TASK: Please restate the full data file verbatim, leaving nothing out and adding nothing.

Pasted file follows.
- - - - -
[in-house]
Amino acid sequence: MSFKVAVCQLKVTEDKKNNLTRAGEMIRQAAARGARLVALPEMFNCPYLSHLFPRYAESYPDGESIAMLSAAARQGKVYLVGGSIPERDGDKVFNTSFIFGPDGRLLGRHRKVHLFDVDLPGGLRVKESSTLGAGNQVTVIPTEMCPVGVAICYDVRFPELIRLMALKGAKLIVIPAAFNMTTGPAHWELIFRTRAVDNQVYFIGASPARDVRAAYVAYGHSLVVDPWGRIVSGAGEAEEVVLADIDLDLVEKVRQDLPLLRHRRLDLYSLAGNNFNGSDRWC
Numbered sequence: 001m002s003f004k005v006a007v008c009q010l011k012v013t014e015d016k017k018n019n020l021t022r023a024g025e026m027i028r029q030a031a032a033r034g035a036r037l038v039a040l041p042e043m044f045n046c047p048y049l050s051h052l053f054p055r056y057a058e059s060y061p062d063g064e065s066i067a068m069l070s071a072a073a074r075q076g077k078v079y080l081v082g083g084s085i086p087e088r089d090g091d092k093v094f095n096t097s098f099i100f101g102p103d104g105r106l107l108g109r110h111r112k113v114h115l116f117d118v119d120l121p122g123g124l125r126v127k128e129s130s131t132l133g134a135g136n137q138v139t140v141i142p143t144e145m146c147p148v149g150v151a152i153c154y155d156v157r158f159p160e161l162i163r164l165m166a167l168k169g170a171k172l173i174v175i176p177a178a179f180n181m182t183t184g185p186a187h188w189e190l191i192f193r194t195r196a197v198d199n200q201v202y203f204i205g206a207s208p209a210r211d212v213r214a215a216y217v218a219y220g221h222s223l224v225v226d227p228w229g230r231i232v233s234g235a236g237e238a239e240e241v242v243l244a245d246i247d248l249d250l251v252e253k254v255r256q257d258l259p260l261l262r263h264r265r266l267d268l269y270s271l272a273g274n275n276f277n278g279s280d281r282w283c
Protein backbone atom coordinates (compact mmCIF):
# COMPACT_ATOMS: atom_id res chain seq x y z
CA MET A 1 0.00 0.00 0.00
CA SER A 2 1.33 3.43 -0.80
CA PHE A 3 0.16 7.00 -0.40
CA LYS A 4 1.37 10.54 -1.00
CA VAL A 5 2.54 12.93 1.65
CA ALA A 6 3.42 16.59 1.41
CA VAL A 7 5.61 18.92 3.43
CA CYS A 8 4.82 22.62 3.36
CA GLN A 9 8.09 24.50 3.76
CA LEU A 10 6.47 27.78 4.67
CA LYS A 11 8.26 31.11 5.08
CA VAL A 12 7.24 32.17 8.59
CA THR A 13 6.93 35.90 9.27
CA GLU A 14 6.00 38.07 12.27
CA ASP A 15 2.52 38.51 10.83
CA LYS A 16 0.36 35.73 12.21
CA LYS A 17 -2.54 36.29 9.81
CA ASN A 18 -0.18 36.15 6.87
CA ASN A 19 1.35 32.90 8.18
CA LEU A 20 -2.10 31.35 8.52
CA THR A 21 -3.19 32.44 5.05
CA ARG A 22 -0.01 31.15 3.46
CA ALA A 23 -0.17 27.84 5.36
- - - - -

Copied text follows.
[in-house]
Amino acid sequence: MSFKVAVCQLKVTEDKKNNLTRAGEMIRQAAARGARLVALPEMFNCPYLSHLFPRYAESYPDGESIAMLSAAARQGKVYLVGGSIPERDGDKVFNTSFIFGPDGRLLGRHRKVHLFDVDLPGGLRVKESSTLGAGNQVTVIPTEMCPVGVAICYDVRFPELIRLMALKGAKLIVIPAAFNMTTGPAHWELIFRTRAVDNQVYFIGASPARDVRAAYVAYGHSLVVDPWGRIVSGAGEAEEVVLADIDLDLVEKVRQDLPLLRHRRLDLYSLAGNNFNGSDRWC
Numbered sequence: 001m002s003f004k005v006a007v008c009q010l011k012v013t014e015d016k017k018n019n020l021t022r023a024g025e026m027i028r029q030a031a032a033r034g035a036r037l038v039a040l041p042e043m044f045n046c047p048y049l050s051h052l053f054p055r056y057a058e059s060y061p062d063g064e065s066i067a068m069l070s071a072a073a074r075q076g077k078v079y080l081v082g083g084s085i086p087e088r089d090g091d092k093v094f095n096t097s098f099i100f101g102p103d104g105r106l107l108g109r110h111r112k113v114h115l116f117d118v119d120l121p122g123g124l125r126v127k128e129s130s131t132l133g134a135g136n137q138v139t140v141i142p143t144e145m146c147p148v149g150v151a152i153c154y155d156v157r158f159p160e161l162i163r164l165m166a167l168k169g170a171k172l173i174v175i176p177a178a179f180n181m182t183t184g185p186a187h188w189e190l191i192f193r194t195r196a197v198d199n200q201v202y203f204i205g206a207s208p209a210r211d212v213r214a215a216y217v218a219y220g221h222s223l224v225v226d227p228w229g230r231i232v233s234g235a236g237e238a239e240e241v242v243l244a245d246i247d248l249d250l251v252e253k254v255r256q257d258l259p260l261l262r263h264r265r266l267d268l269y270s271l272a273g274n275n276f277n278g279s280d281r282w283c
Protein backbone atom coordinates (compact mmCIF):
# COMPACT_ATOMS: atom_id res chain seq x y z
CA MET A 1 0.00 0.00 0.00
CA SER A 2 1.33 3.43 -0.80
CA PHE A 3 0.16 7.00 -0.40
CA LYS A 4 1.37 10.54 -1.00
CA VAL A 5 2.54 12.93 1.65
CA ALA A 6 3.42 16.59 1.41
CA VAL A 7 5.61 18.92 3.43
CA CYS A 8 4.82 22.62 3.36
CA GLN A 9 8.09 24.50 3.76
CA LEU A 10 6.47 27.78 4.67
CA LYS A 11 8.26 31.11 5.08
CA VAL A 12 7.24 32.17 8.59
CA THR A 13 6.93 35.90 9.27
CA GLU A 14 6.00 38.07 12.27
CA ASP A 15 2.52 38.51 10.83
CA LYS A 16 0.36 35.73 12.21
CA LYS A 17 -2.54 36.29 9.81
CA ASN A 18 -0.18 36.15 6.87
CA ASN A 19 1.35 32.90 8.18
CA LEU A 20 -2.10 31.35 8.52
CA THR A 21 -3.19 32.44 5.05
CA ARG A 22 -0.01 31.15 3.46
CA ALA A 23 -0.17 27.84 5.36